How to Experience Being Surrounded by Millions of Butterflies on Lassen Peak

Lassen Peak is known to many as Northern California’s most active volcano, having erupted just over 100 years ago. The mountain, which sits as the centerpiece for Lassen Volcanic National Park, is also one of the premier hikes in the area and can get you to nearly 11,000 feet elevation with just a moderate hike.

And if you time your hike to the top of Lassen just right, you can stand atop the massive volcano surrounded by millions of butterflies.

During the summer months, millions of California Tortoiseshell Butterflies undertake a seasonal migration — often traveling north to the higher elevations of the Klamaths, Sierra Nevada, and the Cascades. Their larva feed almost exclusively on species of Ceanothus and occasionally massive population booms can occur, resulting in near-epic numbers in migratory groups and making an amazing viewing party for hikers.

This migration typically hits the area between the months of late-summer/early-fall, with the high-elevation terrain of Lassen Peak being the perfect place to sit smack-dab in the middle of the butterflies.

While biologists do their best to track the migrations, they can be different every year. That means the exact date and size of the group of butterflies vary from year to year, but can last for weeks on end. Many scientists and news organizations track the migration, which can also be seen throughout the Tahoe area and even as far west as San Francisco’s Golden Gate Park. But Lassen Peak has seen the thickest and most consistent patterns over the past decade, with the butterflies whizzing past heads at speeds of over 25 mph.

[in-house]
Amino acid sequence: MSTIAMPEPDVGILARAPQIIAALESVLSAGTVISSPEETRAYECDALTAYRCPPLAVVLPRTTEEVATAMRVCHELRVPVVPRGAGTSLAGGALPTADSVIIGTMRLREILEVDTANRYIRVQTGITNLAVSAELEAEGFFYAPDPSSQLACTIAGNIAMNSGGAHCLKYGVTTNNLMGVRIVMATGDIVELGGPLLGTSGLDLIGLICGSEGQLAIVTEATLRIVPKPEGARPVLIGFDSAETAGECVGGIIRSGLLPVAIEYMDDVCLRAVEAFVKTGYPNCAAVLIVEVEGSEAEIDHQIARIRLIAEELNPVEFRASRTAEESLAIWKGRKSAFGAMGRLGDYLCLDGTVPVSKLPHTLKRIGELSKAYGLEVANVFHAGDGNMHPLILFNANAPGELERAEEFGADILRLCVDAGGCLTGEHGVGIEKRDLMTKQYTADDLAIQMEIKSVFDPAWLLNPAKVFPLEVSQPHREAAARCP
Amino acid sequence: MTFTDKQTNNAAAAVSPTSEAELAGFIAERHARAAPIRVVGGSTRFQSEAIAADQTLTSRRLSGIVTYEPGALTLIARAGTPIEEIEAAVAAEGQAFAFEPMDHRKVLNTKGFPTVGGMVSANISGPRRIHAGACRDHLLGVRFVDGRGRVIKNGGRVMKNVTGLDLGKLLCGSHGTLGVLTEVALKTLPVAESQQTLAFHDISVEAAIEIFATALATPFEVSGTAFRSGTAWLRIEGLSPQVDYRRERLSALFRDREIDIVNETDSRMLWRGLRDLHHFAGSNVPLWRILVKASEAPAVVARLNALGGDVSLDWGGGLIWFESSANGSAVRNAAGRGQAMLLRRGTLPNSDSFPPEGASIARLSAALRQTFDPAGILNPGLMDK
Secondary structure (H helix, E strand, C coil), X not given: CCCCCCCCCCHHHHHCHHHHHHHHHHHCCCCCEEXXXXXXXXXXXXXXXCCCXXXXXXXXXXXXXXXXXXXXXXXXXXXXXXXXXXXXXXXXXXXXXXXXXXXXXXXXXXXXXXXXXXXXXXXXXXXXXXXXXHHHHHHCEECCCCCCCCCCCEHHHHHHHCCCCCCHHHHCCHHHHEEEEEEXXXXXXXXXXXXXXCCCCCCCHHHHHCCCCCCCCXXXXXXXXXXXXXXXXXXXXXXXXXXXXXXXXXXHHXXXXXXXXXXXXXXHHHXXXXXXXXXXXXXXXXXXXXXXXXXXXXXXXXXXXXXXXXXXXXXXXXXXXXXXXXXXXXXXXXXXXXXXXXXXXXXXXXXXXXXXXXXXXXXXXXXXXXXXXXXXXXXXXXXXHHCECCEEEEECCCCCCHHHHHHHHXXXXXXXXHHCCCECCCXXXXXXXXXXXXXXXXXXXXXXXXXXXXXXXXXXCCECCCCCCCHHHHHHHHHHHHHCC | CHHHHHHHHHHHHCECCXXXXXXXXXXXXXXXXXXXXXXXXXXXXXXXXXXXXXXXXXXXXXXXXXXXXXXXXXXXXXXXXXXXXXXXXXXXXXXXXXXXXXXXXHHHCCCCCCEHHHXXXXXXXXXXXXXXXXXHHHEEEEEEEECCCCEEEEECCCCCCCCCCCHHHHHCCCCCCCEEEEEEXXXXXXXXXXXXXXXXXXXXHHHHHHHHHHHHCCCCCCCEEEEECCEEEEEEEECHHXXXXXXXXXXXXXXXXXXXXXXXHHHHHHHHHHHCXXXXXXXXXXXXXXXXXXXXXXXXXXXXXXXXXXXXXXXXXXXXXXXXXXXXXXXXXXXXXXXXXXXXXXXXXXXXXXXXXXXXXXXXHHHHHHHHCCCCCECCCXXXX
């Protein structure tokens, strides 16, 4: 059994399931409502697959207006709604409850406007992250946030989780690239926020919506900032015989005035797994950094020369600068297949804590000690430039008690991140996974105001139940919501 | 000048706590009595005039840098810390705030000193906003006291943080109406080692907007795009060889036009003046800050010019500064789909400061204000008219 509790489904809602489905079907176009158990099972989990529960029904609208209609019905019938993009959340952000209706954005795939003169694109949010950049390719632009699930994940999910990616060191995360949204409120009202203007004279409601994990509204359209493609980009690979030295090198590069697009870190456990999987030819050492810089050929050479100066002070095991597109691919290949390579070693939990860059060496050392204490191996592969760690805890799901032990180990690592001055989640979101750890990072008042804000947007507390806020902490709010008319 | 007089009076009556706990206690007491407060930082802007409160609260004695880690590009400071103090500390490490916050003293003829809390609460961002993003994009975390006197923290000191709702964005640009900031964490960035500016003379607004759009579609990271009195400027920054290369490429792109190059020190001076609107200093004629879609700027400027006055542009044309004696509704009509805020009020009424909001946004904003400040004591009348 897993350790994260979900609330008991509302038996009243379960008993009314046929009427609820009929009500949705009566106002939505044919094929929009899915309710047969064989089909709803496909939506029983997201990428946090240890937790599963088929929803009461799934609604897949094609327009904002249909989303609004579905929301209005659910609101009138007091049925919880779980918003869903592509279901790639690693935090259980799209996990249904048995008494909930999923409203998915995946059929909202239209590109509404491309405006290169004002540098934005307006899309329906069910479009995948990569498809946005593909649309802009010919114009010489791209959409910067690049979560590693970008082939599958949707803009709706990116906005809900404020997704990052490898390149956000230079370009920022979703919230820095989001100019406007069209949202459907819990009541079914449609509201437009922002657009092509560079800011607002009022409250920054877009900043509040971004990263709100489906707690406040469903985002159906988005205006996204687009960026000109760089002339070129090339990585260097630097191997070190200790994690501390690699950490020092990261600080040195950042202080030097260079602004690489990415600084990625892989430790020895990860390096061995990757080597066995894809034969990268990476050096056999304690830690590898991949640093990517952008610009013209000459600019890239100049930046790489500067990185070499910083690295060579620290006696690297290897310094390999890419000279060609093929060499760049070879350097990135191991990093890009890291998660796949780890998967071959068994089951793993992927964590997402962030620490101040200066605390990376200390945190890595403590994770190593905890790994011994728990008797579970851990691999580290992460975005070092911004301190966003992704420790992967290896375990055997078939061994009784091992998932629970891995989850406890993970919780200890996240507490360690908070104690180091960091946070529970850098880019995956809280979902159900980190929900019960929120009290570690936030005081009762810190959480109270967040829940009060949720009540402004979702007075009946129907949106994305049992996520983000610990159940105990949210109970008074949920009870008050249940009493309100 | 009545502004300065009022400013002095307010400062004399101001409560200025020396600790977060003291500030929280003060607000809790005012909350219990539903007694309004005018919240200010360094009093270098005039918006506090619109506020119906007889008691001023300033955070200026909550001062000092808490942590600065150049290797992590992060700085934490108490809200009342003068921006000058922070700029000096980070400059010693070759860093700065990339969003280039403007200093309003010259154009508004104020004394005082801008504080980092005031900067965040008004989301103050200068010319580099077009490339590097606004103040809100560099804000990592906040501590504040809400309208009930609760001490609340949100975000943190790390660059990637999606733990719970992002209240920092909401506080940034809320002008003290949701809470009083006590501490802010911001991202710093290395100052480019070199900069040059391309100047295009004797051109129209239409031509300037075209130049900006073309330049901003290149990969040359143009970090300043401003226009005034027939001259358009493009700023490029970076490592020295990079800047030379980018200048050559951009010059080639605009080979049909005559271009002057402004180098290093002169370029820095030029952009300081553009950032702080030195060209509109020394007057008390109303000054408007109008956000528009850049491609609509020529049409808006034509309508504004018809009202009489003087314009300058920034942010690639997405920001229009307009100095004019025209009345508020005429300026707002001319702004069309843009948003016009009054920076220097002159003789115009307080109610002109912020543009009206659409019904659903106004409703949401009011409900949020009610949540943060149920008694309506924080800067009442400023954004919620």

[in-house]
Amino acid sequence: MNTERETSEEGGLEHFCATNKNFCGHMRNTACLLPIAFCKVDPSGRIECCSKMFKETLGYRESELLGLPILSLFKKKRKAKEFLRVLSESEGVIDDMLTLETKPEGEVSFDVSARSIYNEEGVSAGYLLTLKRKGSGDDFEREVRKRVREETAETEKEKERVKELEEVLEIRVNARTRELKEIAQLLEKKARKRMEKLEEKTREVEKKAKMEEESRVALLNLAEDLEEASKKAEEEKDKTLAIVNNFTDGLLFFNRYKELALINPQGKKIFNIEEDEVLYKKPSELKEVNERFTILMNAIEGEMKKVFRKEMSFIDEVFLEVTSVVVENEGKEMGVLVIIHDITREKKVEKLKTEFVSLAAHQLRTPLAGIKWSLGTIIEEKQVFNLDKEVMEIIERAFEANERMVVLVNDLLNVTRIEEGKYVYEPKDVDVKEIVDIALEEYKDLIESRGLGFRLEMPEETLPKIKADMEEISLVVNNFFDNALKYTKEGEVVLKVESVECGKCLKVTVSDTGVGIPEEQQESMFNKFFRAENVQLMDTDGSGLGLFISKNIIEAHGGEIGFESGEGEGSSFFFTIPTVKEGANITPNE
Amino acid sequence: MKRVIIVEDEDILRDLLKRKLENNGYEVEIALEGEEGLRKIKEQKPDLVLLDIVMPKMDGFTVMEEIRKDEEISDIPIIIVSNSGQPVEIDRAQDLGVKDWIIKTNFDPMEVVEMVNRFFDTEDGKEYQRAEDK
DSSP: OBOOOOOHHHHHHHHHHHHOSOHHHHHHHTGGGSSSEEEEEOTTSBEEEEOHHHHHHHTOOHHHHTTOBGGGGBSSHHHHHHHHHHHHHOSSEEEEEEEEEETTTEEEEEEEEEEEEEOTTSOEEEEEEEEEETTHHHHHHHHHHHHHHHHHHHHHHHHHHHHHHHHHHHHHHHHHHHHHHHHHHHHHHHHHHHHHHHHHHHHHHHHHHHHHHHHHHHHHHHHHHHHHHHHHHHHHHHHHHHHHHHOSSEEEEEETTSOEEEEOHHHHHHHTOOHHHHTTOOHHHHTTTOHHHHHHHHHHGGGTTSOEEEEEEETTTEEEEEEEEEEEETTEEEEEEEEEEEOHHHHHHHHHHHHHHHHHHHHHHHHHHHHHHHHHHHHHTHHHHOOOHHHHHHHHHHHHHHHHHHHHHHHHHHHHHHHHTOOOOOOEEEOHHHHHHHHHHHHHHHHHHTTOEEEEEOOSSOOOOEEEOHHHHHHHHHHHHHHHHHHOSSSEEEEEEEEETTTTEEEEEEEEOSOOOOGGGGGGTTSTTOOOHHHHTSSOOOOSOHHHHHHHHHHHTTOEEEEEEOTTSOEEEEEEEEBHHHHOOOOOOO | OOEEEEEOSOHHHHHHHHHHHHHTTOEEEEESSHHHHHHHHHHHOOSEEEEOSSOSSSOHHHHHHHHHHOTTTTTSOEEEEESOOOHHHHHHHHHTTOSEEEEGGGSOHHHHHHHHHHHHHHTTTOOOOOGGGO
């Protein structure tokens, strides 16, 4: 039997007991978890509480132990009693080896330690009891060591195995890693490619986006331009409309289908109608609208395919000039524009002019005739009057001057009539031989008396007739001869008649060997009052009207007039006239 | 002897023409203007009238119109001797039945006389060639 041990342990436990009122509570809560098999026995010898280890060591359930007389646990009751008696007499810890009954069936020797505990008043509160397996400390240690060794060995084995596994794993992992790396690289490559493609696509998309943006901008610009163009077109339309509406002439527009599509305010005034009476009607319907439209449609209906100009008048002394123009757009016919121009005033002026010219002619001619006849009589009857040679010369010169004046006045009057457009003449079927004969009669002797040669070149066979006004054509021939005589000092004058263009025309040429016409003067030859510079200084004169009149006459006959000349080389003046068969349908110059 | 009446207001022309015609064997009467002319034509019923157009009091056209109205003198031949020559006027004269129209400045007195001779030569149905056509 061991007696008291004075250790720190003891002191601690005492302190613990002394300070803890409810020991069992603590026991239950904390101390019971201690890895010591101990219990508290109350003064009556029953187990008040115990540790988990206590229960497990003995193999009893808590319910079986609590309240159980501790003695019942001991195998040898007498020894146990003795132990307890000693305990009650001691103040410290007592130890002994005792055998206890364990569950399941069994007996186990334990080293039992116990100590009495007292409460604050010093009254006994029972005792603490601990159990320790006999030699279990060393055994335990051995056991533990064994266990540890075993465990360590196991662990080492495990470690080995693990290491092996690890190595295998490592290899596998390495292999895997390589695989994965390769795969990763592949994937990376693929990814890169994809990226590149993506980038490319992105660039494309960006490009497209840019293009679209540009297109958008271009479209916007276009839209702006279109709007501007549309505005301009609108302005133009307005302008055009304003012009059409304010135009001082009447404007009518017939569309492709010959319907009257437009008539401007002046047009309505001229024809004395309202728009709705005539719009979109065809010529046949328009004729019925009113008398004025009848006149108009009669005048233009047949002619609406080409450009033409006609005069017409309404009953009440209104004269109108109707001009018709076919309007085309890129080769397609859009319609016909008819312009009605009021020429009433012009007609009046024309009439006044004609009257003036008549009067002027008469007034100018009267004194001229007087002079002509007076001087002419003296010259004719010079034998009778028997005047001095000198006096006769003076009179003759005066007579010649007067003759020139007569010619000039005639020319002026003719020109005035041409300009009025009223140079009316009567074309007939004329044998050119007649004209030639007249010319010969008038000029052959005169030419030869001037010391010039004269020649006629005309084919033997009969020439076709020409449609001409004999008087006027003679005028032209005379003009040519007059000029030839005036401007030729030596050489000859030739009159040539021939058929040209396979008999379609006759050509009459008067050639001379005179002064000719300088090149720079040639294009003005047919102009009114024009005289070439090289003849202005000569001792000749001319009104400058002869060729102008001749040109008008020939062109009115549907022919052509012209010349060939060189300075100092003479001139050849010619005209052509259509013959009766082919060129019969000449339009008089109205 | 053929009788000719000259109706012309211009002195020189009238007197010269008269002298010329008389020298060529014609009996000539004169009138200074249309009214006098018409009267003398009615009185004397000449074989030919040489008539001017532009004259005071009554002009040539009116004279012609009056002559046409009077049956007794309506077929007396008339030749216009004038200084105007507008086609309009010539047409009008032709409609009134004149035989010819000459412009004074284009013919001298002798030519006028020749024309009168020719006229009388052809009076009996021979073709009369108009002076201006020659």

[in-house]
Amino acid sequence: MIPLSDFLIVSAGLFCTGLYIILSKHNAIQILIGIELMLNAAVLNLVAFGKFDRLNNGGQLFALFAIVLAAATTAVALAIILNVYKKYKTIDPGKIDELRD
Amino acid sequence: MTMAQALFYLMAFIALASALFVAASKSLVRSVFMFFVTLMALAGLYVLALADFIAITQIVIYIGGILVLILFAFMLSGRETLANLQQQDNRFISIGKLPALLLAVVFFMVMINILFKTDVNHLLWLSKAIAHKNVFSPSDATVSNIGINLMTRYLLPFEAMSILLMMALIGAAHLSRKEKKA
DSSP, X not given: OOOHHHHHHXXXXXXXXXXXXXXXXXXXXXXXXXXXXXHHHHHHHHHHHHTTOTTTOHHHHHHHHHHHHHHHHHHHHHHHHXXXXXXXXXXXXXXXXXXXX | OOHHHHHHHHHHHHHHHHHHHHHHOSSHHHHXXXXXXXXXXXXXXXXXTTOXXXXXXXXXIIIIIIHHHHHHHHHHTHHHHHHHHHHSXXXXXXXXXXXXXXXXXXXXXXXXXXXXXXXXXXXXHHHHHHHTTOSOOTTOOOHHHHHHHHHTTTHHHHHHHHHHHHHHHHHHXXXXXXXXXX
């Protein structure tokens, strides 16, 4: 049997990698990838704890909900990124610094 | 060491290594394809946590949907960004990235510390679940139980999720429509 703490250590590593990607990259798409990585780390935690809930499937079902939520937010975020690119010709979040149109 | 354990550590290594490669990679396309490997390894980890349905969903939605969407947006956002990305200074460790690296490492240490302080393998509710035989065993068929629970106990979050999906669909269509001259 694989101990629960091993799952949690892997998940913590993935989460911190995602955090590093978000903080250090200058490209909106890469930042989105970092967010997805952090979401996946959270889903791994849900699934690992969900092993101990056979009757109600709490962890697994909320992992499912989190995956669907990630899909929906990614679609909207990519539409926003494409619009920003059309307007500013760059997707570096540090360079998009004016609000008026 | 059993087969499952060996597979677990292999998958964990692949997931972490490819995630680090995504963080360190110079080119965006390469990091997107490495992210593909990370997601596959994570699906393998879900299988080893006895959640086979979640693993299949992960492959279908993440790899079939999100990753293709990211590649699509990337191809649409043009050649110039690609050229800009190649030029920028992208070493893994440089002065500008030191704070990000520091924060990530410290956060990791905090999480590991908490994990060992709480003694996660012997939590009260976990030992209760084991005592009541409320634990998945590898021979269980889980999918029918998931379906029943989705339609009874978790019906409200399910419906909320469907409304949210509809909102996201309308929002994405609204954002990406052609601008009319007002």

To see these butterflies in person, you’ll need follow the migration patterns and be ready to head up to Lassen once they arrive. You’ll typically begin to see them in early-to-late July, with the sightings lasting possibly through August, although every year is different. We will report as soon as the migration enters the Lassen area, but for now you can enjoy the migrations from years past:

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